This year’s SEYM Gathering was exciting, rejuvenating, and transformative. Held April 17-21 at the Life Enrichment Center in Fruitland Park, the Gathering brought 147 adults and 22 youth together for five days of retreats, workshops, worship sharing, lectures, business sessions, music, fellowship, and more. The SEYM 2019 Epistle captures the spirit of our time together.
Undoing Racism as Personal and Spiritual Practice was the theme of this year’s SEYM Gathering; and Friends were deeply affected by the lectures, retreats, and workshops on this theme.
Wednesday night, Joel Cook (Treasure Coast) was asked at the last minute to step in and present “Come and See How They Love One Another” a lecture he had given at FWCC’s Section of the Americas meeting in March; an audience that included Friends from all branches of Quakers—Evangelical, FUM, Conservative, and unprogrammed. He spoke of how the early Christians were known for their love for each other, and how he, as a gay man, had found love and acceptance with Friends. It was an inspiring opening for both our theme and our time together as a community. Read the lecture>
In the Committee for Ministry on Racism’s workshop on microaggressions in everyday life, we discussed how words and phrases that might seem common or insignificant to white people can be hurtful to people of color; we were all challenged to be mindful of how cultural biases can unconsciously creep into our interactions with others.
In the first retreat, Changing Systems, Changing Ourselves: Undoing Racism for Accompaniment & Resistance, Lucy Duncan told us about the Quaker Social Change Ministry, which takes Relationship as a fundamental principle. Friends were led in sharing what we need for Blessed Community, and how to practice ‘Companionship’ and ‘Accompaniment’ as a social change ministry.
Through participatory exercises and small group sharing in Noah White’s retreat Privilege Walk, Friends learned what privilege felt like on a personal level. Many were deeply affected by seeing and experiencing the separations caused by privilege, and how it is destructive of Blessed Community.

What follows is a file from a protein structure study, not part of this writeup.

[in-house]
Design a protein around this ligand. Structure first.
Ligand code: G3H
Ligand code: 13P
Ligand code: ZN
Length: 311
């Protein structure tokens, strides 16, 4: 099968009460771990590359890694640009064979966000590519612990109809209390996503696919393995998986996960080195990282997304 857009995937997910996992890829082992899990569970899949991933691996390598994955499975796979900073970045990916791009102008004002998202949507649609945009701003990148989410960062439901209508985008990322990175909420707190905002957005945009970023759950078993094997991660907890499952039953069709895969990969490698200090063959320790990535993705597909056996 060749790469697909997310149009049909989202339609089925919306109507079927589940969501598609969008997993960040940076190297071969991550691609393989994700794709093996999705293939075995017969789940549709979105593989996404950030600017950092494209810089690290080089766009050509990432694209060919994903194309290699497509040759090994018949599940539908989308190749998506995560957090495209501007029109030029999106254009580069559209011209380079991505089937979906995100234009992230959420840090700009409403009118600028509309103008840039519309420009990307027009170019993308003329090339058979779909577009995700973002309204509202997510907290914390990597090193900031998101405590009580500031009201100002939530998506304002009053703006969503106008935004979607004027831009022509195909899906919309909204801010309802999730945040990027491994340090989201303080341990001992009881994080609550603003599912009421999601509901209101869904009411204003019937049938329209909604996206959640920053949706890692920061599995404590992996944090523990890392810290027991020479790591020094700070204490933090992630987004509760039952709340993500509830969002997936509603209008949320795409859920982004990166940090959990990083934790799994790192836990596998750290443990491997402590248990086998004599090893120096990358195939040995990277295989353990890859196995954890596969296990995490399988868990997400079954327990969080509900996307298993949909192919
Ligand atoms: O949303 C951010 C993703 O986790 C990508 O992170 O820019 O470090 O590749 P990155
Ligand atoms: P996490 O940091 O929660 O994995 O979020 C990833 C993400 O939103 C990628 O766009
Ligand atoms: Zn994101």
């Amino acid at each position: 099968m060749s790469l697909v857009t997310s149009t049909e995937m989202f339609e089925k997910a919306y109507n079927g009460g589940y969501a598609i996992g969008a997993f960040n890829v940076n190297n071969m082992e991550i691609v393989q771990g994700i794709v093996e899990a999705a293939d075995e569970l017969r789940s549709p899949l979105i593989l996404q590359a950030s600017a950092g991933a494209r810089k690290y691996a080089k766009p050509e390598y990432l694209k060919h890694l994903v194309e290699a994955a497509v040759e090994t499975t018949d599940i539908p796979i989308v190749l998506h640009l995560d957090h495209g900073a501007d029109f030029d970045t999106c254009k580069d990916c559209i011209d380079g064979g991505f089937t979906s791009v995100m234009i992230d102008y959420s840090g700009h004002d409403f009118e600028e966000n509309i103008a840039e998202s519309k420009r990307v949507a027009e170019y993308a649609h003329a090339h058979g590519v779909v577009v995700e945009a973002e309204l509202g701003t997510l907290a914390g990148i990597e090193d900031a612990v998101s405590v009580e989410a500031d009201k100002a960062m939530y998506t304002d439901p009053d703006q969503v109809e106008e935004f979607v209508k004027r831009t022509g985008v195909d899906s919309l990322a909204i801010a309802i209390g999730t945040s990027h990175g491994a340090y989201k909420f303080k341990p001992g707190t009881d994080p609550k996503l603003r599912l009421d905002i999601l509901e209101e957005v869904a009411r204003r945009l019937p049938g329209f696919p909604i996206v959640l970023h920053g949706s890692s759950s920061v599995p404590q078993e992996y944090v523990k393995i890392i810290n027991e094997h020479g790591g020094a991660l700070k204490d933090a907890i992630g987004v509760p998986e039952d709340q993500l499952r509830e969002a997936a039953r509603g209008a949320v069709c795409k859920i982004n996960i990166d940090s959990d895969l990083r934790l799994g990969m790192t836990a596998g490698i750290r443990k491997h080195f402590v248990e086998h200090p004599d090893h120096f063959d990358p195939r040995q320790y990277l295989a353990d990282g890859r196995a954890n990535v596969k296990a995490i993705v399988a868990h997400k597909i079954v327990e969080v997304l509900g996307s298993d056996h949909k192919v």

In the Saturday night Walton Lecture, Taking off the Masks: Undoing White Supremacy as Spiritual Practice, ’ Lucy and Noah took turns sharing stories. Noah spoke from his life experience of being bi-racial; the messages of exclusion he has received daily; how he had to work tirelessly to conform to white normative social expectations; and how oppression painfully reinforces the supremacist dynamics. Lucy told stories of the struggle for social change needed to undo white supremacy. Both she and Noah shared stories of their work with the Undoing Racism Committee of Philadelphia Yearly Meeting, and of the resistance to change they had encountered among Friends. Both Noah and Lucy challenge us Quakers to do the deep emotional and spiritual work necessary to undo racism and reclaim our legacy on equality; the more we sit on our laurels, the more we allow systems of white supremacy to perpetuate. Noah asked, referring to our past identity as abolitionists, “What are you abolishing today?” In closing, Lucy asked: “What if we could offer a non-violent army in the Lamb’s War” against racism?